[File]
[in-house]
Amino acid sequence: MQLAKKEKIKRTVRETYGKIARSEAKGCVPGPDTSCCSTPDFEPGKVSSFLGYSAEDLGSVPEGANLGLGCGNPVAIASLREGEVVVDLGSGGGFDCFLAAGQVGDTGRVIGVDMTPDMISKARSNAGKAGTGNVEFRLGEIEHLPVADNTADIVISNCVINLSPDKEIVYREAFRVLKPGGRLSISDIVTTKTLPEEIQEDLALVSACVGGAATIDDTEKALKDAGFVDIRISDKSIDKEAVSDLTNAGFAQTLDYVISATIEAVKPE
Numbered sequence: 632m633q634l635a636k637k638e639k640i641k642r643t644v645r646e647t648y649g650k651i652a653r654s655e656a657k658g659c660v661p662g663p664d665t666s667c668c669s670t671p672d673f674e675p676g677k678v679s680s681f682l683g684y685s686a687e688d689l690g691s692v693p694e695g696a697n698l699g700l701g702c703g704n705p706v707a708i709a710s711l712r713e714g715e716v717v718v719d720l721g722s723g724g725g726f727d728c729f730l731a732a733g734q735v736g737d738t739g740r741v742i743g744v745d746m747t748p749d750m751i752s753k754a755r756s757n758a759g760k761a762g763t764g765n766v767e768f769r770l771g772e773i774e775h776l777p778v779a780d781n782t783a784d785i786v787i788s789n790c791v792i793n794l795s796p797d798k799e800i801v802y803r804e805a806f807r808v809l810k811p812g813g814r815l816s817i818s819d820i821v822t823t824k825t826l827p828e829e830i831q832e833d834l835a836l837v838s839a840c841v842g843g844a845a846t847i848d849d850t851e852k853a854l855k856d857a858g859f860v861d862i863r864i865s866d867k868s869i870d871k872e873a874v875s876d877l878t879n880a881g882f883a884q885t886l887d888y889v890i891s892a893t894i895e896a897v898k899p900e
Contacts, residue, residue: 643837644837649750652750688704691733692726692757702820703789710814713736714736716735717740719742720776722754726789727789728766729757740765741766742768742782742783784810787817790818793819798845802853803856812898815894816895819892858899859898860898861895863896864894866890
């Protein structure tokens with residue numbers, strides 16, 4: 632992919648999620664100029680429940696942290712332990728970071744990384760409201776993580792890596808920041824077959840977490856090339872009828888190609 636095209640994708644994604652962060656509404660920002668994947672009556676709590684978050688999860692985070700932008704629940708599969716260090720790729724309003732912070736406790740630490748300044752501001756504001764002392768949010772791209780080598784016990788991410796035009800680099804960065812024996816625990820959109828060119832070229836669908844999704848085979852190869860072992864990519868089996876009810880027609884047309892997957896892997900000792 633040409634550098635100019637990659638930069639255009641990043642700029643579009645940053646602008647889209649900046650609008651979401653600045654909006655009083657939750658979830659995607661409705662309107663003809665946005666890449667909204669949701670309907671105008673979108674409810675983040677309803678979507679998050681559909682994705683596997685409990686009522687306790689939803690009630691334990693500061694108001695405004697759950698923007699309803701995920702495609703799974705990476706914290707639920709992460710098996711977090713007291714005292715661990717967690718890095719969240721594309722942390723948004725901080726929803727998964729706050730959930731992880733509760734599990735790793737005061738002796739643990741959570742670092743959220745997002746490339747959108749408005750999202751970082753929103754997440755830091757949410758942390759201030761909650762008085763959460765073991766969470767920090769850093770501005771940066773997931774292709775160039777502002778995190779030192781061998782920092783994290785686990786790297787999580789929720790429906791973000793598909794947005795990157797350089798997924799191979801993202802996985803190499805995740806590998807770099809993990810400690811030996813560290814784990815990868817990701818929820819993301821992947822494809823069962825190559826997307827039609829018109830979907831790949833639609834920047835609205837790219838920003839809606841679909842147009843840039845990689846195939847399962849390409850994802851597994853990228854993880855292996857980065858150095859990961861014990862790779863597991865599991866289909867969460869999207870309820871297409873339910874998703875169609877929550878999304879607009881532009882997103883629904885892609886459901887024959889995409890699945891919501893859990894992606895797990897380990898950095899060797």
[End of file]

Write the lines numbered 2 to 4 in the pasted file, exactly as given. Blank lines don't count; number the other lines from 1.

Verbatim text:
Amino acid sequence: MQLAKKEKIKRTVRETYGKIARSEAKGCVPGPDTSCCSTPDFEPGKVSSFLGYSAEDLGSVPEGANLGLGCGNPVAIASLREGEVVVDLGSGGGFDCFLAAGQVGDTGRVIGVDMTPDMISKARSNAGKAGTGNVEFRLGEIEHLPVADNTADIVISNCVINLSPDKEIVYREAFRVLKPGGRLSISDIVTTKTLPEEIQEDLALVSACVGGAATIDDTEKALKDAGFVDIRISDKSIDKEAVSDLTNAGFAQTLDYVISATIEAVKPE
Numbered sequence: 632m633q634l635a636k637k638e639k640i641k642r643t644v645r646e647t648y649g650k651i652a653r654s655e656a657k658g659c660v661p662g663p664d665t666s667c668c669s670t671p672d673f674e675p676g677k678v679s680s681f682l683g684y685s686a687e688d689l690g691s692v693p694e695g696a697n698l699g700l701g702c703g704n705p706v707a708i709a710s711l712r713e714g715e716v717v718v719d720l721g722s723g724g725g726f727d728c729f730l731a732a733g734q735v736g737d738t739g740r741v742i743g744v745d746m747t748p749d750m751i752s753k754a755r756s757n758a759g760k761a762g763t764g765n766v767e768f769r770l771g772e773i774e775h776l777p778v779a780d781n782t783a784d785i786v787i788s789n790c791v792i793n794l795s796p797d798k799e800i801v802y803r804e805a806f807r808v809l810k811p812g813g814r815l816s817i818s819d820i821v822t823t824k825t826l827p828e829e830i831q832e833d834l835a836l837v838s839a840c841v842g843g844a845a846t847i848d849d850t851e852k853a854l855k856d857a858g859f860v861d862i863r864i865s866d867k868s869i870d871k872e873a874v875s876d877l878t879n880a881g882f883a884q885t886l887d888y889v890i891s892a893t894i895e896a897v898k899p900e
Contacts, residue, residue: 643837644837649750652750688704691733692726692757702820703789710814713736714736716735717740719742720776722754726789727789728766729757740765741766742768742782742783784810787817790818793819798845802853803856812898815894816895819892858899859898860898861895863896864894866890